In part 2 the authors cover the more straightforward aspects of secure coding. Inevitably they start with the problem of buffer overruns. Here it is interesting to note that they repeatedly emphasise that such tools as the .NET /GS (similar to Crispin Cowan's StackGuard for GCC produced apps.) option are not a replacement for responsible programming. The need for responsibility and understanding is a continuing thread in this book. In affect the authors are saying that producing and distributing an application without understanding potential abuse and protecting against such is unacceptable. I agree with them, but it will take many years to remove all the dangerous legacy code and applications that are in regular use round the world. Just imagine the reaction if Microsoft stated that it was withdrawing the licence to use all versions of Windows prior to some new release (let us call it SXP) on the grounds that they could be exploited to damage other users (which, of course, they can via such things as denial of service attacks). That raises an issue that is not covered in this book, the need for responsibility and understanding amongst computer users (for example, all users of always-on Internet connections have a responsibility to ensure that their systems are kept secure).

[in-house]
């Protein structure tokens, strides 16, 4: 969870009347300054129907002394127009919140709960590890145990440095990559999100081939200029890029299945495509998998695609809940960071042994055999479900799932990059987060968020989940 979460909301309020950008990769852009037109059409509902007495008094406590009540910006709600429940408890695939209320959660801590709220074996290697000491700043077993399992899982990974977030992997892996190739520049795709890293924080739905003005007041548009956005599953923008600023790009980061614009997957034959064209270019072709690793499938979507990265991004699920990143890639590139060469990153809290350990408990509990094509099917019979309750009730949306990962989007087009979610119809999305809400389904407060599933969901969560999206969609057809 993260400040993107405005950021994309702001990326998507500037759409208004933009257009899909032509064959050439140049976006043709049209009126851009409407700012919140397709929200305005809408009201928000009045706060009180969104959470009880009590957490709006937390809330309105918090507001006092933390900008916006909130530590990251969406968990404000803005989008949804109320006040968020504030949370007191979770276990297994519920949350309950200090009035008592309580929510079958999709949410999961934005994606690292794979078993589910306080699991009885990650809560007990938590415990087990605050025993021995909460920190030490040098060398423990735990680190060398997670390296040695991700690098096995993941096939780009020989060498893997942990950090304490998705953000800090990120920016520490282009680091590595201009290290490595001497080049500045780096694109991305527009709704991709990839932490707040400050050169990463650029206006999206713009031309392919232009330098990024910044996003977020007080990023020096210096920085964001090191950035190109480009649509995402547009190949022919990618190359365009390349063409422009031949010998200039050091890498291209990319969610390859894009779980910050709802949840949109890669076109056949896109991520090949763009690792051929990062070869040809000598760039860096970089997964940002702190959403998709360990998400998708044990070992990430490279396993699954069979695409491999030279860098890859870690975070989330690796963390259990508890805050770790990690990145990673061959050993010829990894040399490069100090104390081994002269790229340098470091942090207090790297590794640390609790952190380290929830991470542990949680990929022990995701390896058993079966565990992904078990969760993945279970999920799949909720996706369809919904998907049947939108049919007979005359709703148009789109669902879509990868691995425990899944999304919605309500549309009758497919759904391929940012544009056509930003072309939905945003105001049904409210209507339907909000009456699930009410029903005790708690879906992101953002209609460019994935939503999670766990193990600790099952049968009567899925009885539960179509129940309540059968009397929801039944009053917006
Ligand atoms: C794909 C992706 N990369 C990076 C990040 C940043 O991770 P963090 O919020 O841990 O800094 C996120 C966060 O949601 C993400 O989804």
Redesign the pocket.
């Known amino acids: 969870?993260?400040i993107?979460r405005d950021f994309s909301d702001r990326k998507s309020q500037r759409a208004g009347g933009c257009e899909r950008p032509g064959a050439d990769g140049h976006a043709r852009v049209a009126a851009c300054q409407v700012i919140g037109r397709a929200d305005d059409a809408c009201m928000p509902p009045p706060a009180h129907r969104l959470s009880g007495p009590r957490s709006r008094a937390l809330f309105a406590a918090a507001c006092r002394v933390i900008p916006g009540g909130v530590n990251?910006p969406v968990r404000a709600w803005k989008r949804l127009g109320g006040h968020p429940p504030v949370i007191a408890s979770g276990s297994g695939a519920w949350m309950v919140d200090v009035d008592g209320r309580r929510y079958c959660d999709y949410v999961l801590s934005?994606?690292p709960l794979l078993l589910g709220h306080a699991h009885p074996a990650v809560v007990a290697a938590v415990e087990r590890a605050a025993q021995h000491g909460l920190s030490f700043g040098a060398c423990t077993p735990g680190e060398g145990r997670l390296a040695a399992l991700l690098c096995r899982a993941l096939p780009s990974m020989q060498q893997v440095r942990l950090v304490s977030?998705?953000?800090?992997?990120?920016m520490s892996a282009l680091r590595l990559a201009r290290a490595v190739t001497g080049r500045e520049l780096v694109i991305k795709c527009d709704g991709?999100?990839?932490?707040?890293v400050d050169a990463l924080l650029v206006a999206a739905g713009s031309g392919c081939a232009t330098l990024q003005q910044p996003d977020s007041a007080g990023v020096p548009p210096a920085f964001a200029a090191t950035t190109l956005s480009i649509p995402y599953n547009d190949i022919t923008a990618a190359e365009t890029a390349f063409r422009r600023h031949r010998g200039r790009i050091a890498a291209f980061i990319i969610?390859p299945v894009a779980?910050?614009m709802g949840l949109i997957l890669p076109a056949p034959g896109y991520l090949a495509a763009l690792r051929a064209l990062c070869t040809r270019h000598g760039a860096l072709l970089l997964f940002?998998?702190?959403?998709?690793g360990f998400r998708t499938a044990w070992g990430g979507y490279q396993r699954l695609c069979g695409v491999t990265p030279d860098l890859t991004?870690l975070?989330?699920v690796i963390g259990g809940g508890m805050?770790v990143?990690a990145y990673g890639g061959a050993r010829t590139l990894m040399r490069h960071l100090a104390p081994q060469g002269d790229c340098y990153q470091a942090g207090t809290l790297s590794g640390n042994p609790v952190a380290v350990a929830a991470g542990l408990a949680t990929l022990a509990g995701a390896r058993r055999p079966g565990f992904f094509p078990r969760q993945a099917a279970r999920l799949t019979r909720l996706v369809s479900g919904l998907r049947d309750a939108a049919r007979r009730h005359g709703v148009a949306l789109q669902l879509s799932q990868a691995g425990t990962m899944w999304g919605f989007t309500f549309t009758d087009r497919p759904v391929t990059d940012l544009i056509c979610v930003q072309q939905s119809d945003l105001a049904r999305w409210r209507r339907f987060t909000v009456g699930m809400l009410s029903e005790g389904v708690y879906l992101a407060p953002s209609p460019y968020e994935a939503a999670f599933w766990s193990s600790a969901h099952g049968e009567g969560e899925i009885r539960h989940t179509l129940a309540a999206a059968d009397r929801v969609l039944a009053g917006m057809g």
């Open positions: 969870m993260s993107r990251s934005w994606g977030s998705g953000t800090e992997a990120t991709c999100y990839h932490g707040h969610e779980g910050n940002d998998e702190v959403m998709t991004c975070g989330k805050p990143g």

The chapter I particularly enjoyed in part 2 is the one titledAll Input is Evil. This is something that needs to be drummed into programmers from day one. This chapter starts with:

If someone you didn't know came to your door and offered you something to eat, would you eat it? No, of course you wouldn't. So why do so many applications accept data from strangers without first evaluating it? It's safe to say most security exploits involve the target application incorrectly checking incoming data or in some cases not at all.

The rot starts with books written for newcomers to programming. Pick up any one of them aimed at introducing C or C++ and look at the sample code. I will lay very heavy odds that input is via scanf() or gets()

in C, and operator  in C++. The student is taught to trust input
 by default. This must be wrong.